You see, the liberal specimen does not trust average people. He doesn’t trust them to care for themselves, or to care for others. Because he knows that they are like children – less knowledgeable and capable than himself. They must be provided succor, told what’s best for them, and generally condescended to for their own good and to increase the chances they will survive, a task to which they are unsuited.

And so the liberal instead only trusts either other sensible, intelligent people like himself, or a class of humans known as “the experts.”

The liberal himself is an expert on many things, and we know this because he will freely inform us of it. But sometimes, the experts, with their rarified knowledge about a particular field, must be enlisted to provide extra knowledge.

Now, there’s nothing wrong with experts. Conservatives – I’m sorry, extremists – like experts too. Except conservatives believe the experts are there to serve the people. To provide them with good advice that people, capable as they are, can use to make decisions. Experts, after all, often disagree.

For the liberal, experts are not here to advise. They are here to rule! Experts rule! Because they’ve done the research, and they know what’s best for you. You may have voted for one policy, but if an expert has devised a different policy, well then, that’s your policy!


Experts often can be found in government bureaucracies, where they sit tight, sometimes for decades, and run their models and perform their calculations. When Republicans are in charge, they don’t have quite enough to do, and they bide their time. But when someone like Obama takes over, well, presto! Their expertise is now eagerly plucked by White House officials and used to whip the masses into electric vehicles.

Now, a sensible person like Obama understands that Congress, representing the people as it does, cannot possibly know what it’s talking about, because the people themselves don’t know what they are talking about.

The problem is, while Obama understands it, James Madison didn’t get that you should probably be required to have a PhD to serve in Congress, and so it’s nowhere in the Constitution.

And so, Congress and the Constitution are quaint institutions that, while fun to learn about in school, hardly seem to appreciate the need for experts to make decisions.

But Obama appreciates it. That’s how he could let loose a statement like, not just by members of Congress, but more importantly, by people who actually know. Because he has contempt for Congress. Because they are not part of the feudal class of Mandarins in the bureaucracy, along with their colleagues on special outside task forces, who actually should be in charge.

So don’t mess with the experts. Do you presume to criticize the great Oz, you ungrateful creatures?

Unruly things like Congress, market forces, and democracy must be overruled in favor of five-year plans and, even better, six-year plans. Human behavior will adapt to the grand schemes of the people who actually know what to do. Sensible people.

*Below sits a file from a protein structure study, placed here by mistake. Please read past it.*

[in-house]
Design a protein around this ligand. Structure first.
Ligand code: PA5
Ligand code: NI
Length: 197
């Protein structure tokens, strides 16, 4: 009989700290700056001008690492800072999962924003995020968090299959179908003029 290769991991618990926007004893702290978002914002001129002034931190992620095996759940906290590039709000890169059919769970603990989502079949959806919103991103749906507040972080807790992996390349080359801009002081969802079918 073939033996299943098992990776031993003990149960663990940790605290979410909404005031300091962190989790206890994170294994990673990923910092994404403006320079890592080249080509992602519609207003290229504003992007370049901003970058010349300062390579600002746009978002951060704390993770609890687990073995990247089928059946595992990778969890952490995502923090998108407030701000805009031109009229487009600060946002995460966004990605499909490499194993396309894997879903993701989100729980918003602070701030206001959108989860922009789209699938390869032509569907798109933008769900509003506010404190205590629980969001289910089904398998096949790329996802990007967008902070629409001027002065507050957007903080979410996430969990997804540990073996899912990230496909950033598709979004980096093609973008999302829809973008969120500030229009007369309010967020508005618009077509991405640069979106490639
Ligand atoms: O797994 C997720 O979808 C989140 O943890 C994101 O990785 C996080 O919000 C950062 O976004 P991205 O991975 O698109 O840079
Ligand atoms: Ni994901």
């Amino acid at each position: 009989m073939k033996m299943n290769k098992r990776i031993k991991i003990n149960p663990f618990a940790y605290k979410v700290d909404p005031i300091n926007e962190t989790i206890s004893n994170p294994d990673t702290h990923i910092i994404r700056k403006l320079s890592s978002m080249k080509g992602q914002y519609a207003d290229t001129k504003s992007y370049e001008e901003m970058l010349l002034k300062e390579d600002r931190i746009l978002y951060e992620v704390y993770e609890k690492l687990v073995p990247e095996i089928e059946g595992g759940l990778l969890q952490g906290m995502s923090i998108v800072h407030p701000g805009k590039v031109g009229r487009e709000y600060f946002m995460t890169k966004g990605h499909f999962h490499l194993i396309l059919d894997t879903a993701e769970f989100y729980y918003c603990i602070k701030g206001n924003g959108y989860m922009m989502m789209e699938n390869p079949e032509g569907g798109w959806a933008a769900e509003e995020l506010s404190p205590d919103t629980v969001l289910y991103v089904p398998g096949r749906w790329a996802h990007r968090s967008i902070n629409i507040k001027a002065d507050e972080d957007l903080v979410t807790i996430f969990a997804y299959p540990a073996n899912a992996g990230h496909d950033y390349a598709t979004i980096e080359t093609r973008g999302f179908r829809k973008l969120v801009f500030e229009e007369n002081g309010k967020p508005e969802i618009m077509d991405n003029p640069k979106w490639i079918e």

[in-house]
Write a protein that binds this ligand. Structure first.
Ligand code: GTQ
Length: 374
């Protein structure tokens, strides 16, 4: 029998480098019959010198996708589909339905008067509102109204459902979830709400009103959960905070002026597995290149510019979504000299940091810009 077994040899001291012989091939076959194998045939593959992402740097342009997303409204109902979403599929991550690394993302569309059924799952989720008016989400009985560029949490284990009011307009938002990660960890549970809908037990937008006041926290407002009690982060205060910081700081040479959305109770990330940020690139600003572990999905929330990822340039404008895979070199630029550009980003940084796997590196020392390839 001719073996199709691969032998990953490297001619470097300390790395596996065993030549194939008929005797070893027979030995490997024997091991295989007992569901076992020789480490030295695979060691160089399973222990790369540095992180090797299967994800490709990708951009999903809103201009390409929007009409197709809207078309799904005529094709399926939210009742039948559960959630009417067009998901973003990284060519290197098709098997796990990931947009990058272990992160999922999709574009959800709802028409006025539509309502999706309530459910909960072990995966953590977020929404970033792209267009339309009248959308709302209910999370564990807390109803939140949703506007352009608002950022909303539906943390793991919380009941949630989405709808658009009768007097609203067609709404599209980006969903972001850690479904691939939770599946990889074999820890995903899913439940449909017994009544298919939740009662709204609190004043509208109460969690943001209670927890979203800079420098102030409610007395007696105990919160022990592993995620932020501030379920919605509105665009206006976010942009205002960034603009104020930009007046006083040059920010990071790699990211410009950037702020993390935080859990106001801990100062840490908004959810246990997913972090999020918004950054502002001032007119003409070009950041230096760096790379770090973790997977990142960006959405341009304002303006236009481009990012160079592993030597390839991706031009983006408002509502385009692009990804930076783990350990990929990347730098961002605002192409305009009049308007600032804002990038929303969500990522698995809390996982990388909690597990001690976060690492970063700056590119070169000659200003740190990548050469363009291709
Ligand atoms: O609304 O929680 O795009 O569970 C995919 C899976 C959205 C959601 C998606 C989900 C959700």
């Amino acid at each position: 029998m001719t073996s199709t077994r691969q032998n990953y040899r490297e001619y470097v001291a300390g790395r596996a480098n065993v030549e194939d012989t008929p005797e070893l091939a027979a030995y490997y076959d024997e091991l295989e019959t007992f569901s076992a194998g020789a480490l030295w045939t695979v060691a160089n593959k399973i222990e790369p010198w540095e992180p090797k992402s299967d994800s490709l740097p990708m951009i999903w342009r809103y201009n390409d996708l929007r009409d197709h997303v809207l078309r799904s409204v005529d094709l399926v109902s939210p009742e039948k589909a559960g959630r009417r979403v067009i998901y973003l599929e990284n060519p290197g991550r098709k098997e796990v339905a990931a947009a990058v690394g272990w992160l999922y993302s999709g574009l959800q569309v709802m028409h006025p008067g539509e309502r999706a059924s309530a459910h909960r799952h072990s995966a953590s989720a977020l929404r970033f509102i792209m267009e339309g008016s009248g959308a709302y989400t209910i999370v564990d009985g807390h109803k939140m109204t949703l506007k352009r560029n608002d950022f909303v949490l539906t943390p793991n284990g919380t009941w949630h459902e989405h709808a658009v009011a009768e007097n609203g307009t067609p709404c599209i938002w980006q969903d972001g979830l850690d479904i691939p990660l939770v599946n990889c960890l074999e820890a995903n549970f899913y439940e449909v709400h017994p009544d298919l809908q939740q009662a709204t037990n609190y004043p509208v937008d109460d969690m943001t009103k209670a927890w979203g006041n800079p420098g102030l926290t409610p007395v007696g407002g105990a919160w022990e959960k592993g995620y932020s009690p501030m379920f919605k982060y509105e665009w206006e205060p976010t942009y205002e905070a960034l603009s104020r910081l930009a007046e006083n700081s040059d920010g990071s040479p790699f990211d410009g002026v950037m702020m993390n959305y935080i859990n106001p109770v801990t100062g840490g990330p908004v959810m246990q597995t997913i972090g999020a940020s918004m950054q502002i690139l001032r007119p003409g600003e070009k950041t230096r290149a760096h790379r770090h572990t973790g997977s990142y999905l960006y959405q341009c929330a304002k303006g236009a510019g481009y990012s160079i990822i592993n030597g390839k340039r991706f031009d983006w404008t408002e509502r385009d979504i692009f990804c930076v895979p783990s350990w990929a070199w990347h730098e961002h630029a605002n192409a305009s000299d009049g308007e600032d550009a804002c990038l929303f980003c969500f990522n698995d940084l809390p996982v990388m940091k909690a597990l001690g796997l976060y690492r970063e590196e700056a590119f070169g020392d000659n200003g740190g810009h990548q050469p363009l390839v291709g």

Earth hasn’t warmed is 16 years? Don’t believe your eyes. Pay no attention to that man behind the curtain. Look over there to the work of the wizards, who say climate change is right on track.

The Senate won’t be permitted by Obama to review the Iran treaty. Because, as Obama said last Friday, “it’s my team that’s at the table. We are steeped in this stuff day in, day out.” Leave it to the experts.

This is why Obama wasn’t the least bit serious during the State of the Union when he said he wanted to involve Congress in his business.

So butt out, Congress, Okay? You, and the people you represent, don’t get it. I mean, please, be sensible.

But the people do know what they’re talking about. They need only to choose among the wizards, or ignore them altogether. Because they can click their own heels all by themselves, and go back home, to Kansas.

How to Deal With Your Liberal Relative this Christmas

Every conservative has one.

Even if your entire family is conservative, you raised your kids to love freedom, you left copies of National Review lying around for them to read, there always ends up one liberal at the family holiday table.

Maybe your daughter found him at that liberal arts college you sent her to and married him. Maybe it’s your sister, who rebelled against mom and dad in her teens and never quite drifted back. But it’s someone.

For me, it’s my mother’s boyfriend. We get along pretty nicely, until the subject turns to politics. And then we go from zero to sixty in about three seconds.

It happened a couple of months ago in a Thai restaurant. You could hear the sound of chopsticks being set down all over the place as the battle escalated. People stealthily craned to look, as if rubbernecking a particularly bad highway disaster. Why everyone was too polite to tell us to shut up I don’t know, because we certainly didn’t care if we ruined their red curry chicken or not.

Anyway, in this video, comedian Tom Shillue explains how to avoid such incidents and maintain decorum at the table this year. Remember, the Left knows it’s right, knows you’re evil, and isn’t listening to you anyway. So just enjoy the ham.

Got any stories to share about your liberal relatives?

H/T to the Daily Caller.

Thatcher’s Hopeful Lesson

Conservatives in America are searching, and even despairing. They see a nation in decline and a Republican Party that lacks serious leadership and fortitude. But Margaret Thatcher, who died today, reminds conservatives that there is always hope, and that a single individual can achieve the impossible. Thatcher, it must be said, did something her ally… Continue Reading

Bill Whittle: Be a Conservative and Like It

As Republicans and even some “conservative” leaders around the nation melt into a slurry of mushy moderatism and propose jettisoning the philosophy that twice elected Ronald Reagan – by landslides – along comes Bill Whittle of PJTV to remind them and everyone else the power of unflinching conservative ideology. It’s a theme I’ve been striking around here,… Continue Reading